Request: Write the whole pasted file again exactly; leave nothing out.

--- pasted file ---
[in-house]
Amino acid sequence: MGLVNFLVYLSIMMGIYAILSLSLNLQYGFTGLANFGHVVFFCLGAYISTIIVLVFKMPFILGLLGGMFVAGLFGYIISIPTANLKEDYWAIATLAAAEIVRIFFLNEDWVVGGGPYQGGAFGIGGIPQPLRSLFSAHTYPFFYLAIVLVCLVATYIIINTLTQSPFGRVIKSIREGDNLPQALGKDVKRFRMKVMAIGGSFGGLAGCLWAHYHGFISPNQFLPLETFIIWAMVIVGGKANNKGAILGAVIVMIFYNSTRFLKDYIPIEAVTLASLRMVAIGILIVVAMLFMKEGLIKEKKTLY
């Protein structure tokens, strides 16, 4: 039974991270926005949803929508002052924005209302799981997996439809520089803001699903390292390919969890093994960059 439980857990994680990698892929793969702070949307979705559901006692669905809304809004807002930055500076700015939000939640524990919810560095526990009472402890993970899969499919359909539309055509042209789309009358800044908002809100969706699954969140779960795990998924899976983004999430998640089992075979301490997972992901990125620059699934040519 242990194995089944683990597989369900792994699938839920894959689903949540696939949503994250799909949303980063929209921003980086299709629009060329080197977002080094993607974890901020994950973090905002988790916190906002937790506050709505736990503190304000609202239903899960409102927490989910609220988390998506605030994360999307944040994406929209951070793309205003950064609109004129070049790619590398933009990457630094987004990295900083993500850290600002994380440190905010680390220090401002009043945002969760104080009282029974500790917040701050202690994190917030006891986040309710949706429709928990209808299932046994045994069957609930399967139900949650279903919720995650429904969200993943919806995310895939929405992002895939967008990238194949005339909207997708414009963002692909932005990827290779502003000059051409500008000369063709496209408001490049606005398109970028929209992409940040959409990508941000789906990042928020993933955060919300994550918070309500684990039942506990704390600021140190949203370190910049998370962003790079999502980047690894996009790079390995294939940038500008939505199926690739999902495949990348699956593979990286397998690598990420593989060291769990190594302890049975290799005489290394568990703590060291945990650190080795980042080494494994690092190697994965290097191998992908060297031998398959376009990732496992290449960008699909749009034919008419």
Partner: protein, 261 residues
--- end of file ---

[in-house]
Amino acid sequence: MGLVNFLVYLSIMMGIYAILSLSLNLQYGFTGLANFGHVVFFCLGAYISTIIVLVFKMPFILGLLGGMFVAGLFGYIISIPTANLKEDYWAIATLAAAEIVRIFFLNEDWVVGGGPYQGGAFGIGGIPQPLRSLFSAHTYPFFYLAIVLVCLVATYIIINTLTQSPFGRVIKSIREGDNLPQALGKDVKRFRMKVMAIGGSFGGLAGCLWAHYHGFISPNQFLPLETFIIWAMVIVGGKANNKGAILGAVIVMIFYNSTRFLKDYIPIEAVTLASLRMVAIGILIVVAMLFMKEGLIKEKKTLY
């Protein structure tokens, strides 16, 4: 039974991270926005949803929508002052924005209302799981997996439809520089803001699903390292390919969890093994960059 439980857990994680990698892929793969702070949307979705559901006692669905809304809004807002930055500076700015939000939640524990919810560095526990009472402890993970899969499919359909539309055509042209789309009358800044908002809100969706699954969140779960795990998924899976983004999430998640089992075979301490997972992901990125620059699934040519 242990194995089944683990597989369900792994699938839920894959689903949540696939949503994250799909949303980063929209921003980086299709629009060329080197977002080094993607974890901020994950973090905002988790916190906002937790506050709505736990503190304000609202239903899960409102927490989910609220988390998506605030994360999307944040994406929209951070793309205003950064609109004129070049790619590398933009990457630094987004990295900083993500850290600002994380440190905010680390220090401002009043945002969760104080009282029974500790917040701050202690994190917030006891986040309710949706429709928990209808299932046994045994069957609930399967139900949650279903919720995650429904969200993943919806995310895939929405992002895939967008990238194949005339909207997708414009963002692909932005990827290779502003000059051409500008000369063709496209408001490049606005398109970028929209992409940040959409990508941000789906990042928020993933955060919300994550918070309500684990039942506990704390600021140190949203370190910049998370962003790079999502980047690894996009790079390995294939940038500008939505199926690739999902495949990348699956593979990286397998690598990420593989060291769990190594302890049975290799005489290394568990703590060291945990650190080795980042080494494994690092190697994965290097191998992908060297031998398959376009990732496992290449960008699909749009034919008419």
Partner: protein, 261 residues